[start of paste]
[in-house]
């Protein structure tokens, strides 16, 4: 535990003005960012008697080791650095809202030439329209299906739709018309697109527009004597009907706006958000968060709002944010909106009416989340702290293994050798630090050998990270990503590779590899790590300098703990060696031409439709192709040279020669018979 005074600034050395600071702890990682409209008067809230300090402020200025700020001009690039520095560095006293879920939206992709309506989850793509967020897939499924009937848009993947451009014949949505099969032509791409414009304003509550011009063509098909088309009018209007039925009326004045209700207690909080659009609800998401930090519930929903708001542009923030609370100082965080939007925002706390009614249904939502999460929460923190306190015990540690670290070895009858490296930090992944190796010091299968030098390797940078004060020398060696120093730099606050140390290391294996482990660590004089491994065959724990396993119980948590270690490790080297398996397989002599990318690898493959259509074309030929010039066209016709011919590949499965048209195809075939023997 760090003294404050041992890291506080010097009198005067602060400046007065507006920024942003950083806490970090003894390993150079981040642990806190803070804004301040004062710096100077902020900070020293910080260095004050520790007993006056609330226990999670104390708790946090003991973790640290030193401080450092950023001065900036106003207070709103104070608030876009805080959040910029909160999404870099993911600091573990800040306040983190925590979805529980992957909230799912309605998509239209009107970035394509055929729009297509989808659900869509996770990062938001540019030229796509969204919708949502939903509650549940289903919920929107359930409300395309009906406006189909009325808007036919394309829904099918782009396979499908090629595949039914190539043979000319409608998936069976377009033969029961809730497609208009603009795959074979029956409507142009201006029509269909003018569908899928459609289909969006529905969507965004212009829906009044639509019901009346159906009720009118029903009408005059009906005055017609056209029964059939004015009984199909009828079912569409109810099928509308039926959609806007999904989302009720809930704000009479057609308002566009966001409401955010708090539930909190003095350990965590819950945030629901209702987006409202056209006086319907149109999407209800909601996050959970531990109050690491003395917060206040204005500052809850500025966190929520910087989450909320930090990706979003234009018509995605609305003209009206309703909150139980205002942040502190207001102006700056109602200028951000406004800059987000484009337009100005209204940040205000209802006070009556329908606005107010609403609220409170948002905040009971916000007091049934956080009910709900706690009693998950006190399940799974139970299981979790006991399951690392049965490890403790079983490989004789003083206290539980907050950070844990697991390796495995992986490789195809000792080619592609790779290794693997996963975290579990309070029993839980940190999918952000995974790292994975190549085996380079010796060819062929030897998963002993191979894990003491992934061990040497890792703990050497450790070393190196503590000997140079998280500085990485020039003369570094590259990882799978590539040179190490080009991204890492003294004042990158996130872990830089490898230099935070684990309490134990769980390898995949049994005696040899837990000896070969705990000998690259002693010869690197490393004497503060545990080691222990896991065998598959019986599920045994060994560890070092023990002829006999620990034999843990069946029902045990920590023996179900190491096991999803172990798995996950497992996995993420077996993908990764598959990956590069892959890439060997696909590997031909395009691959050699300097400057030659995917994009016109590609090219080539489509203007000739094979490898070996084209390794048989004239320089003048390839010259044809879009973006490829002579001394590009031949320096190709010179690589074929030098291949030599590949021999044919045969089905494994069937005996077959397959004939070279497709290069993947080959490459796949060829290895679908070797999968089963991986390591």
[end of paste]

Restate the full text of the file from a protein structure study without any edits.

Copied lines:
[in-house]
């Protein structure tokens, strides 16, 4: 535990003005960012008697080791650095809202030439329209299906739709018309697109527009004597009907706006958000968060709002944010909106009416989340702290293994050798630090050998990270990503590779590899790590300098703990060696031409439709192709040279020669018979 005074600034050395600071702890990682409209008067809230300090402020200025700020001009690039520095560095006293879920939206992709309506989850793509967020897939499924009937848009993947451009014949949505099969032509791409414009304003509550011009063509098909088309009018209007039925009326004045209700207690909080659009609800998401930090519930929903708001542009923030609370100082965080939007925002706390009614249904939502999460929460923190306190015990540690670290070895009858490296930090992944190796010091299968030098390797940078004060020398060696120093730099606050140390290391294996482990660590004089491994065959724990396993119980948590270690490790080297398996397989002599990318690898493959259509074309030929010039066209016709011919590949499965048209195809075939023997 760090003294404050041992890291506080010097009198005067602060400046007065507006920024942003950083806490970090003894390993150079981040642990806190803070804004301040004062710096100077902020900070020293910080260095004050520790007993006056609330226990999670104390708790946090003991973790640290030193401080450092950023001065900036106003207070709103104070608030876009805080959040910029909160999404870099993911600091573990800040306040983190925590979805529980992957909230799912309605998509239209009107970035394509055929729009297509989808659900869509996770990062938001540019030229796509969204919708949502939903509650549940289903919920929107359930409300395309009906406006189909009325808007036919394309829904099918782009396979499908090629595949039914190539043979000319409608998936069976377009033969029961809730497609208009603009795959074979029956409507142009201006029509269909003018569908899928459609289909969006529905969507965004212009829906009044639509019901009346159906009720009118029903009408005059009906005055017609056209029964059939004015009984199909009828079912569409109810099928509308039926959609806007999904989302009720809930704000009479057609308002566009966001409401955010708090539930909190003095350990965590819950945030629901209702987006409202056209006086319907149109999407209800909601996050959970531990109050690491003395917060206040204005500052809850500025966190929520910087989450909320930090990706979003234009018509995605609305003209009206309703909150139980205002942040502190207001102006700056109602200028951000406004800059987000484009337009100005209204940040205000209802006070009556329908606005107010609403609220409170948002905040009971916000007091049934956080009910709900706690009693998950006190399940799974139970299981979790006991399951690392049965490890403790079983490989004789003083206290539980907050950070844990697991390796495995992986490789195809000792080619592609790779290794693997996963975290579990309070029993839980940190999918952000995974790292994975190549085996380079010796060819062929030897998963002993191979894990003491992934061990040497890792703990050497450790070393190196503590000997140079998280500085990485020039003369570094590259990882799978590539040179190490080009991204890492003294004042990158996130872990830089490898230099935070684990309490134990769980390898995949049994005696040899837990000896070969705990000998690259002693010869690197490393004497503060545990080691222990896991065998598959019986599920045994060994560890070092023990002829006999620990034999843990069946029902045990920590023996179900190491096991999803172990798995996950497992996995993420077996993908990764598959990956590069892959890439060997696909590997031909395009691959050699300097400057030659995917994009016109590609090219080539489509203007000739094979490898070996084209390794048989004239320089003048390839010259044809879009973006490829002579001394590009031949320096190709010179690589074929030098291949030599590949021999044919045969089905494994069937005996077959397959004939070279497709290069993947080959490459796949060829290895679908070797999968089963991986390591």